In Chapter 3, the Database Abstraction Layer is explained at length. Many examples are given to illustrate its power and to show how it meets programmer's needs. This chapter also covers generating a model from an existing MySQL and PostgreSQL database, which helps if web2py is being used to create an app based on an existing database. This effectively shows the power of DAL while showing how to leverage it to do most commonly required tasks.
In Chapter 4, the focus is on an advanced version of forms. Forms can be easily generated using web2py, however this chapter deals with needs that are often just beyond normal forms or for items in a form that do not necessarily relate to data. Examples include adding Cancel buttons to a form, forms for uploading files and creating forms with fields originating from more than one table.
Chapter 5 deals with using Ajax to enhance widgets. It also talks about ways to use fancy widgets to display tabular data with full Ajax support.
In Chapter 6, the book shows how to integrate third party libraries with web2py, showing among other uses how to customize logging, working with tweets and using matplotlib.
Chapter 7 brings us ideas on working with services with web2py. In examples shown you can see how easy it is to consume a variety of services. Like JSON from web2py using jQuery, making RPC calls from Flex, integrating PayPal service, or creating SOAP web services.
Chapter 8 deals with authentication and authorization, it explains how to use the auth system in web2py and gives several ways to implement authorization in the apps. Authenticating with Facebook is a very useful recipe because Facebook is so popular.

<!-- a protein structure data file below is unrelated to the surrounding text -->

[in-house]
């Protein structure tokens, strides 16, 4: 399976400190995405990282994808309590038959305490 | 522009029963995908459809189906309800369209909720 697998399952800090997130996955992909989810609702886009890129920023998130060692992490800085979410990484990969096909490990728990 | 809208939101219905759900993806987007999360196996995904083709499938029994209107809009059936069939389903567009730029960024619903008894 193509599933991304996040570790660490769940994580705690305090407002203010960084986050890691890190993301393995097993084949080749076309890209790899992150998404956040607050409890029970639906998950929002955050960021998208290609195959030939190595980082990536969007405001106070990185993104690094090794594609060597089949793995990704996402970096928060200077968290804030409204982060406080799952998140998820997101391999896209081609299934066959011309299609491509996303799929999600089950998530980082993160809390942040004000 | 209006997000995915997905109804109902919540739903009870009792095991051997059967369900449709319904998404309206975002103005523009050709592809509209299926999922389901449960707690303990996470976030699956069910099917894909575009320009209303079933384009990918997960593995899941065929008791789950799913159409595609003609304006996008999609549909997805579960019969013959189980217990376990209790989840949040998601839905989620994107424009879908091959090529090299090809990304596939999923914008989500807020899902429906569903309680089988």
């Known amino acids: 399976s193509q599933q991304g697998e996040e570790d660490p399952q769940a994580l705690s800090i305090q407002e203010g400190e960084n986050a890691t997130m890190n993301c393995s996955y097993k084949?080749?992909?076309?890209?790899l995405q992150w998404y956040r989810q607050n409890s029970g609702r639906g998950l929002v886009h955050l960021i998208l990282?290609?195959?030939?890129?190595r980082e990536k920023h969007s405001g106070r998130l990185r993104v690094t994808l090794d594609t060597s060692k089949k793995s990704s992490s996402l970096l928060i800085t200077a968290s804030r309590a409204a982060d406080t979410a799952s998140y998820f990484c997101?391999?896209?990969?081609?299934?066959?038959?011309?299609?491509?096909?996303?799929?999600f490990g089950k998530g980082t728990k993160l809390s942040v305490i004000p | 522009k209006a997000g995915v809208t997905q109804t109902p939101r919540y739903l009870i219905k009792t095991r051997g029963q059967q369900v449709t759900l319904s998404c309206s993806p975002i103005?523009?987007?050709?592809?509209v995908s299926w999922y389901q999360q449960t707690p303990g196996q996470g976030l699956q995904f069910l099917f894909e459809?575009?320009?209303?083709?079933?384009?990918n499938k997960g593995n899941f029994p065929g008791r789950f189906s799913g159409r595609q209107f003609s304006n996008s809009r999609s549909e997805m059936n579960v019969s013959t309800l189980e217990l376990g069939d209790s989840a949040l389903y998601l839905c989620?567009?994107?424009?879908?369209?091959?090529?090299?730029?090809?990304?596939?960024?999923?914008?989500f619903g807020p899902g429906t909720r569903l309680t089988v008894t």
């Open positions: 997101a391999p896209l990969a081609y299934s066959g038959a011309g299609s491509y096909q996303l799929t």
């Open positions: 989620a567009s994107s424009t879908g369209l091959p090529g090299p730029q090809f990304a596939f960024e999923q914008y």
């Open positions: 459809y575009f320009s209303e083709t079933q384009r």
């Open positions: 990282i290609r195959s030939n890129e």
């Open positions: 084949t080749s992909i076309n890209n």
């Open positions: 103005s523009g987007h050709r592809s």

Chapter 9 and 10 bring you ideas on routing and reporting. It is possible to route within web2py or outside it using a web server. Examples are given with detailed explanations of how this is done for various situations. The chapter on reporting mainly deals with converting the displayed page to pdf and other related ideas.
Chapter 11, the final chapter, is a repository for all recipes which did not fit into any of the above topics. I particularly liked knowing how to debug a running app on the web using the embedded web2py debugger. They also show miscellaneous tips and tricks which come in handy.
Having contributed to the web2py framework itself, the authors have a vast amount of experience and the book shares what they know in a very useable format. Code is explained in some detail where necessary and the code was included with the book I reviewed. There are a few errors in the text and small examples shown. The book shows how to use web2py to solve most common and many not so common needs while writing web apps. The book is interesting to read and easy to follow. I did find some code discussed to take up too much space, almost distracting from the flow. However, had I been interested in that recipe, I am sure I would have welcomed the detailed treatment given to the topic. This book will prove a good addition to a web2py user's library.
About the Author
Jay Kelkar has 30 years experience in programming and web development. He has a Master's degree in Computer Science from University of SouthWestern Louisiana at Lafayette and a Bachelor's degree in Pure Math from Southern Illinois University at Carbondale. His professional interest is in solving problems. His experience includes programming Class 5 telecom switches, programming at all levels on many UNIX platforms (OS, apps, X11 and scripting), and on MS Windows he sticks to programming in portable languages: mostly Python and Ruby. He was an SAP Basis Consultant for 15 years where he connected SAP with many other systems and solving problems that go with running a large system. His area of expertise includes all kinds of software tools, large databases, data interchange and making it easy for users to get work done.